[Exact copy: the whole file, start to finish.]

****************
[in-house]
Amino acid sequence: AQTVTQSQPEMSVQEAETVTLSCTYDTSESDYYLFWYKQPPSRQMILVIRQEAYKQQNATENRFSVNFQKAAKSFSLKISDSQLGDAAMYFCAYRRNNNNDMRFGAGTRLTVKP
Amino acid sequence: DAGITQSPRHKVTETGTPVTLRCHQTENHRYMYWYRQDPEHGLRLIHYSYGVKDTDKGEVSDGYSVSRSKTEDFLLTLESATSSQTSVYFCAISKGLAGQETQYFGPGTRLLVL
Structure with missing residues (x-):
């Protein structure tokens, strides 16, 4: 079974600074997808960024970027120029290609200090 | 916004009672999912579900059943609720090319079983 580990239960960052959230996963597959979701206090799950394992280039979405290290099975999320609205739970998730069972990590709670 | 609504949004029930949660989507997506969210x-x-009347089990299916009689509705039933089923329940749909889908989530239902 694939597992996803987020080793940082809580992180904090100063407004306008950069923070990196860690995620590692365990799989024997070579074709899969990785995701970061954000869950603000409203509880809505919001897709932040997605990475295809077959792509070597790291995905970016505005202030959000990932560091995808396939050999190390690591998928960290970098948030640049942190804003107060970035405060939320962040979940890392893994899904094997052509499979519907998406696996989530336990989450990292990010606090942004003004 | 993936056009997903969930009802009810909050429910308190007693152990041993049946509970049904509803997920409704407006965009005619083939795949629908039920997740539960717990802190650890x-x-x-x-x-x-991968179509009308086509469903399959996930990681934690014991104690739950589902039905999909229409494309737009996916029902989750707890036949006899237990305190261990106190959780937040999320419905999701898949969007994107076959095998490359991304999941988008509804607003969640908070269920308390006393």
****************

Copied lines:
[in-house]
Amino acid sequence: AQTVTQSQPEMSVQEAETVTLSCTYDTSESDYYLFWYKQPPSRQMILVIRQEAYKQQNATENRFSVNFQKAAKSFSLKISDSQLGDAAMYFCAYRRNNNNDMRFGAGTRLTVKP
Amino acid sequence: DAGITQSPRHKVTETGTPVTLRCHQTENHRYMYWYRQDPEHGLRLIHYSYGVKDTDKGEVSDGYSVSRSKTEDFLLTLESATSSQTSVYFCAISKGLAGQETQYFGPGTRLLVL
Structure with missing residues (x-):
């Protein structure tokens, strides 16, 4: 079974600074997808960024970027120029290609200090 | 916004009672999912579900059943609720090319079983 580990239960960052959230996963597959979701206090799950394992280039979405290290099975999320609205739970998730069972990590709670 | 609504949004029930949660989507997506969210x-x-009347089990299916009689509705039933089923329940749909889908989530239902 694939597992996803987020080793940082809580992180904090100063407004306008950069923070990196860690995620590692365990799989024997070579074709899969990785995701970061954000869950603000409203509880809505919001897709932040997605990475295809077959792509070597790291995905970016505005202030959000990932560091995808396939050999190390690591998928960290970098948030640049942190804003107060970035405060939320962040979940890392893994899904094997052509499979519907998406696996989530336990989450990292990010606090942004003004 | 993936056009997903969930009802009810909050429910308190007693152990041993049946509970049904509803997920409704407006965009005619083939795949629908039920997740539960717990802190650890x-x-x-x-x-x-991968179509009308086509469903399959996930990681934690014991104690739950589902039905999909229409494309737009996916029902989750707890036949006899237990305190261990106190959780937040999320419905999701898949969007994107076959095998490359991304999941988008509804607003969640908070269920308390006393």